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Apple and Tesla Stocks Have Crushed the Market This Year. Are They Still Buys?

Tesla and Apple have absolutely obliterated the market’s measly 5% gain this year. Shares of the electric car company have soared more than 300%, and the iPhone maker’s stock is up about 60% year to date. While Tesla has proven to be the better investment of the two, long-term shareholders in both companies are likely thrilled with their performance.

For instance, a $2,000 investment at the beginning of the year in the two companies, split equally between each, would now be worth $5,790.

Company

Investment on 12/31/2020*

Market Value Today

Return

Tesla (NASDAQ:TSLA)

$1,000

$4,180

318%

Apple (NASDAQ:AAPL)

$1,000

$1,610

61%

Total

$2,000

$5,790

190%

*Implies an investment has been made using fractional shares so that the investor could have invested exactly $1,000 in each stock. Data source: Author calculations based on stock returns as of Sep. 9, 2020.

While this past performance is great, most investors are likely more concerned with the two stocks’ future potential. Are these hot stocks still buys after their monstrous moves higher this year?

Let’s take a look.

A person looking at charts on a laptop.

Image source: Getty Images.

Apple stock: Buy, sell, or hold?

After trading at a conservative price-to-earnings ratio between about 13 and 20 for most of the last decade, the tech company has finally convinced investors it deserves a high-flying valuation. Today, the tech stock commands a price-to-earnings ratio of 36, putting it in the company of Microsoft and Facebook — two other megacap tech stocks that have regularly garnered P/Es around this level in recent years.

While it’s tempting to call this the top for Apple since the company doesn’t normally trade at such a high valuation, investors should realize that the tech giant has arguably earned this premium price tag of late. Apple’s fast-growing services segment is growing as a percentage of revenue, and its installed base of active devices is becoming increasingly important to operating results. Investors are thus now acknowledging that the tech company has built a more durable, predictable, reliable, and diversified business. Even more, Apple managed to pull this off while maintaining a robust iPhone business.

While Apple’s market capitalization of more than $2 trillion may seem difficult to justify on the surface, keep in mind that the tech giant raked in $72 billion in free cash flow over the past 12 months. While this free cash flow will probably move both up and down year to year, it’s arguably more likely to rise steadily over the long haul than decline. A strong services segment that represents about a third of Apple’s total gross profit, continued growth opportunities in wearables, and a loyal base of customers that will support product revenue growth for years to come will all drive this rise.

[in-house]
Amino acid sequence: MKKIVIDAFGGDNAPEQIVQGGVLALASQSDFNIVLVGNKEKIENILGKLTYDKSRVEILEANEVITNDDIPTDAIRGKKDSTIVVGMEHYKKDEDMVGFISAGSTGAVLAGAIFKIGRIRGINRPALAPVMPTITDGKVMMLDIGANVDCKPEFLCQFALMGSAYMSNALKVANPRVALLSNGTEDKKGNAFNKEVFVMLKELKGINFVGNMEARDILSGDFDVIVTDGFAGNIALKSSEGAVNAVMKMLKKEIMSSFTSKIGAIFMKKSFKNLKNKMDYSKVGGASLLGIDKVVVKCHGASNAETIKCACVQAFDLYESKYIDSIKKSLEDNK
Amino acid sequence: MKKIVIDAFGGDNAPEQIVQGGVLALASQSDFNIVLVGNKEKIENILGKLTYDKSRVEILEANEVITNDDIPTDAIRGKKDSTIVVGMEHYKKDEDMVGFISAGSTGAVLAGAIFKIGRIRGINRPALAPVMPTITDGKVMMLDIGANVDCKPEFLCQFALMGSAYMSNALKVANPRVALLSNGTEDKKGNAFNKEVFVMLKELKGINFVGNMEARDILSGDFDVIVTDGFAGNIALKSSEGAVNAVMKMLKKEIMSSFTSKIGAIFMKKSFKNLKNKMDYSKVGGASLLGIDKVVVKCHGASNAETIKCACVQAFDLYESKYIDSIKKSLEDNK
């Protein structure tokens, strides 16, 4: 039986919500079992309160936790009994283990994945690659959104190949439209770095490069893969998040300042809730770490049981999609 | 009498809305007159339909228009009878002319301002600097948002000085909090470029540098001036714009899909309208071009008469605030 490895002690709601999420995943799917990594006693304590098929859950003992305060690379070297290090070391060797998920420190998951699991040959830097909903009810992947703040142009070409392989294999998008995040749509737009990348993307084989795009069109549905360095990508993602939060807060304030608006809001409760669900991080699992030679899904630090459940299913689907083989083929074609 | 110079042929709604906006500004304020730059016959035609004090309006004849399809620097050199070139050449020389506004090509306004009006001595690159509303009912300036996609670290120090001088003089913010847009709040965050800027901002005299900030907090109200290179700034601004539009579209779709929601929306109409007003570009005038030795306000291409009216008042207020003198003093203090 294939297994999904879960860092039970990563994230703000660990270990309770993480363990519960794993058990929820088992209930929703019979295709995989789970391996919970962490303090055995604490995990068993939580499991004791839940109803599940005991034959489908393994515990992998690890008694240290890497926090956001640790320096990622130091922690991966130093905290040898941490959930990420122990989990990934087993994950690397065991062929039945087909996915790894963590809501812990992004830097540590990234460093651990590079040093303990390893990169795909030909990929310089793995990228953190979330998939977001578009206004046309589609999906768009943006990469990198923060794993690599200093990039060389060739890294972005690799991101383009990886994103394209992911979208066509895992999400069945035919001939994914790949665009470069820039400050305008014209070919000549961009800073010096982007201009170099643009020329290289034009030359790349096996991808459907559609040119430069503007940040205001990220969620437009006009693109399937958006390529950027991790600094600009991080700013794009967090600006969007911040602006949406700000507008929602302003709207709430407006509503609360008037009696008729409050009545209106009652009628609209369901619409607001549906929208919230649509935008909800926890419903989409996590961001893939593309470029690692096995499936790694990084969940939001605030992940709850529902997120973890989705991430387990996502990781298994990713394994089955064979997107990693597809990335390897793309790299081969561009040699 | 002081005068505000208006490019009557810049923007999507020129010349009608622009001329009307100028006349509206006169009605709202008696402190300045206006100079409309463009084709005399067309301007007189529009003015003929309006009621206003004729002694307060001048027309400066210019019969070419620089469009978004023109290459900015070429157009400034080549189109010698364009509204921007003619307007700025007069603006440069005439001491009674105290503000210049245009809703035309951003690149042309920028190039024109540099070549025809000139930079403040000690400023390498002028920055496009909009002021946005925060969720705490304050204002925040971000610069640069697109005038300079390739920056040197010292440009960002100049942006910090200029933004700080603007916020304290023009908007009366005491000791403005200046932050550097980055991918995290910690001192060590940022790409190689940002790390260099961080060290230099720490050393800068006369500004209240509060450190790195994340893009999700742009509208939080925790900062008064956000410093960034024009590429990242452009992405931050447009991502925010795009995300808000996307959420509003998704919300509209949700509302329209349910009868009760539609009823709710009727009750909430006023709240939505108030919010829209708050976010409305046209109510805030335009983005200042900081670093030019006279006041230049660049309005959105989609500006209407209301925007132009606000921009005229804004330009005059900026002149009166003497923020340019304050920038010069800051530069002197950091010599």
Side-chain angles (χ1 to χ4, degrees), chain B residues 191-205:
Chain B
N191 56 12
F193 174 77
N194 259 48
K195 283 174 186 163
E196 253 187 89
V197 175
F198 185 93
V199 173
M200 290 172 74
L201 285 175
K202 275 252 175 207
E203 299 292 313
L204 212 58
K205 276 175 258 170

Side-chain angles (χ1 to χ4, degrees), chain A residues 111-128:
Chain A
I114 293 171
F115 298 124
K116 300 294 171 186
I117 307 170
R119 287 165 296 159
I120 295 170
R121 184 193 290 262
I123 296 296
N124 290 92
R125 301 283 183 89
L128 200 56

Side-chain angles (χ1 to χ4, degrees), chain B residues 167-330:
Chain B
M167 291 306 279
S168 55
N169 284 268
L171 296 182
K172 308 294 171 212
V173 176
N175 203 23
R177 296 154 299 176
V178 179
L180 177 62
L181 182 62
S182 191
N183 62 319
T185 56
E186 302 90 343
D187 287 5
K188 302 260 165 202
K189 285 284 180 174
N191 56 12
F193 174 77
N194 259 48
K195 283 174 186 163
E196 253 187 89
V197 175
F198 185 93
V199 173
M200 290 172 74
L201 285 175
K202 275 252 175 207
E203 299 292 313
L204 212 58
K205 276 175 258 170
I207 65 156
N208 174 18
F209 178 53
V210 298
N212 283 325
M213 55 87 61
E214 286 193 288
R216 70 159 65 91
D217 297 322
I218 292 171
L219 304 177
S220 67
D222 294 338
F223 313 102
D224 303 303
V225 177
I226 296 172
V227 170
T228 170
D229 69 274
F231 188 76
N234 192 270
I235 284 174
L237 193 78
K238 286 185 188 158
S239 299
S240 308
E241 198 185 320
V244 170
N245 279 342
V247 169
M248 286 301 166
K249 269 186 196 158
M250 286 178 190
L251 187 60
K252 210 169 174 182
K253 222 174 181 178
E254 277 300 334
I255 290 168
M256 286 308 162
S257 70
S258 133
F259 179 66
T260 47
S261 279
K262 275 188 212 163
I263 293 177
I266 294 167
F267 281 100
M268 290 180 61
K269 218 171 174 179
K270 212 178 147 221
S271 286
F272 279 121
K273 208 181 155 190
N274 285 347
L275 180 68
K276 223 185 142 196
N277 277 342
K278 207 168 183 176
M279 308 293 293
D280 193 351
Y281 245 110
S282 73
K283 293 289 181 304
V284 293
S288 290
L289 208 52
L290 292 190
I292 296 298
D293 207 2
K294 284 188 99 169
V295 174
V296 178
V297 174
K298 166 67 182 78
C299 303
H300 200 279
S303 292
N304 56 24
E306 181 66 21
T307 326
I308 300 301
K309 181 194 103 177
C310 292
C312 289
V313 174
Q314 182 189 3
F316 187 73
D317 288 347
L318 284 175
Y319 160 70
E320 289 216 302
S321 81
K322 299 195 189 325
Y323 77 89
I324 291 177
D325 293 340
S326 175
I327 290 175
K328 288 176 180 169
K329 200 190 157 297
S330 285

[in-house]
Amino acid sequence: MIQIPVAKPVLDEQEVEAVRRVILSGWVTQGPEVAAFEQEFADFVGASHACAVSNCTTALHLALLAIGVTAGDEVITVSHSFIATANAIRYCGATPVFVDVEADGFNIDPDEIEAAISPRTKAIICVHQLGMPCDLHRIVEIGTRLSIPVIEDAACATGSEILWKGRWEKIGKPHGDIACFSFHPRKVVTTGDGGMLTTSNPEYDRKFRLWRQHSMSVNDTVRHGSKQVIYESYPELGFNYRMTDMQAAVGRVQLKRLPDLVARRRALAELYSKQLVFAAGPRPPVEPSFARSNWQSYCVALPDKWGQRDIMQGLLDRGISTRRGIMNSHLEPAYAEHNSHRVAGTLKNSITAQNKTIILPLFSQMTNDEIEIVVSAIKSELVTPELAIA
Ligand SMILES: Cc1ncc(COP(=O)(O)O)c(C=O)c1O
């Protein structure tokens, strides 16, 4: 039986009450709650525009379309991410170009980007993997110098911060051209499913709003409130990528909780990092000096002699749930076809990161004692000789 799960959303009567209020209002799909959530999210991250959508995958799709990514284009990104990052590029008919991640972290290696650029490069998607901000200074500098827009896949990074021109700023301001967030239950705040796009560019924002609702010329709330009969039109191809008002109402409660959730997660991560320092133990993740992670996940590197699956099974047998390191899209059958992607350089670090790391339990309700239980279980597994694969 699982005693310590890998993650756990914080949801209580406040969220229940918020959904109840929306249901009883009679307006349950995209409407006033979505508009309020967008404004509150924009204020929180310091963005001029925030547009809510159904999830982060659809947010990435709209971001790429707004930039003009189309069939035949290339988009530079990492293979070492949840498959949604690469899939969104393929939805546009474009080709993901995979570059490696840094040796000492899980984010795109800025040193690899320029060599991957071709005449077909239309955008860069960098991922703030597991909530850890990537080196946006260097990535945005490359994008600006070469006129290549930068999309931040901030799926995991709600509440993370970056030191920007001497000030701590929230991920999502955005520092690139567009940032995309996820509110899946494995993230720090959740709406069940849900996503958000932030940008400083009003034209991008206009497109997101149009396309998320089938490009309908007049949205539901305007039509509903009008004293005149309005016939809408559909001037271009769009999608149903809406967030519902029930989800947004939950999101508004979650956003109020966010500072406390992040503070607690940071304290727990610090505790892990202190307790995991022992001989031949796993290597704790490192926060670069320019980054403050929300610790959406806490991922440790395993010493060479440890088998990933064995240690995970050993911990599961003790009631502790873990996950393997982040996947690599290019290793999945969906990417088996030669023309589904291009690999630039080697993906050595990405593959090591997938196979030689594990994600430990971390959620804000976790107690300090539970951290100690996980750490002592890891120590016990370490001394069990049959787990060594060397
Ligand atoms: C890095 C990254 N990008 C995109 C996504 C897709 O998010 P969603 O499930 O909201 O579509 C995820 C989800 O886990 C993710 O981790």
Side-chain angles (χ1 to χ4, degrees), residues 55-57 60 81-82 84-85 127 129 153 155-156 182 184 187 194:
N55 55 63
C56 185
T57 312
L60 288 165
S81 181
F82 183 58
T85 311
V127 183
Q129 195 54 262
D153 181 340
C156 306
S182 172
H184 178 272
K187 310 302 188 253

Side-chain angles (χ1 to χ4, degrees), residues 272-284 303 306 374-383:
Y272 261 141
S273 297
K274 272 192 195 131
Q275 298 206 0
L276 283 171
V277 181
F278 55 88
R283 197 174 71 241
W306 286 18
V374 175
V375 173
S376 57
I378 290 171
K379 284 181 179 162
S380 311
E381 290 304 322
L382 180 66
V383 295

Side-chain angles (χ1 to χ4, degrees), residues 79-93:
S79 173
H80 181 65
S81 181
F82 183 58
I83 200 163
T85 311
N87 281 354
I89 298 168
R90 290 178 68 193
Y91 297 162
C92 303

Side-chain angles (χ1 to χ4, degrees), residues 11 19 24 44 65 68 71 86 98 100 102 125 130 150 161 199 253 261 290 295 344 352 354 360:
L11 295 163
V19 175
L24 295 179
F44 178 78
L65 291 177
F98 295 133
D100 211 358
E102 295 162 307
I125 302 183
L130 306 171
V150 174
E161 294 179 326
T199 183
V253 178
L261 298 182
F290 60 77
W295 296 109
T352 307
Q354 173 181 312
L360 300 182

So is Apple stock a buy today? For the investor willing to hold the stock for the long haul (around 10 years or more), I believe shares remain attractive. Of course, investors should mind the risks. These include basic risks of the unknown, including the broader market risk associated with buying any individual stock. In addition, it’s always possible that Apple’s competitive advantages — namely its loyal customer base, pricing power, and high switching costs for customers with multiple Apple products — could erode as competition heats up. If investors see this trend play out, they may need to rethink their bullish stance on the tech giant.

Tesla stock: Buy, sell, or hold?

Electric car company Tesla has similarly earned its keep. The automaker has demonstrated a step change in the pace of its business execution recently, including the rapid completion of a factory in China, a Model Y launch that came six months ahead of Tesla’s initial schedule for the new vehicle, better-than-expected profitability, and impressive progress on the construction of factories in Berlin and Austin. 

Model S interior.

Tesla Model S. Image source: The Motley Fool.

Tesla’s growth opportunities are equally important in making a bull case for the stock. First, with only 500,000 deliveries expected this year, the automaker is barely touching the surface of a global auto market that ships around 90 million new cars annually (less in 2020, of course, because of the pandemic’s impact on the auto industry). In addition, Tesla believes its energy business in battery storage and solar power will eventually grow to rival its auto business. Finally, there’s the speculative, but still notable, potential of the company’s autonomous driving capabilities. These developments could yield a self-driving ridesharing network and much higher pricing for the company’s Autopilot software.

But here’s where investors should exercise extreme caution: The stock could be overvalued. The company currently has a market capitalization of about $325 billion, even though Tesla’s free cash flow over the trailing 12 months was approximately only $800 million. For Tesla to justify its current valuation, therefore, it’s going to need to continue growing revenue rapidly while also achieving significant operating leverage, which will, in turn, boost its bottom line and free cash flow significantly.

While there’s always a chance that the stock will prove to be a bargain in hindsight, Tesla shares have become more of a speculative investment at this level than a stock an investor can rationally call undervalued.

For these reasons, the automaker’s stock looks like more of a hold than a buy today.

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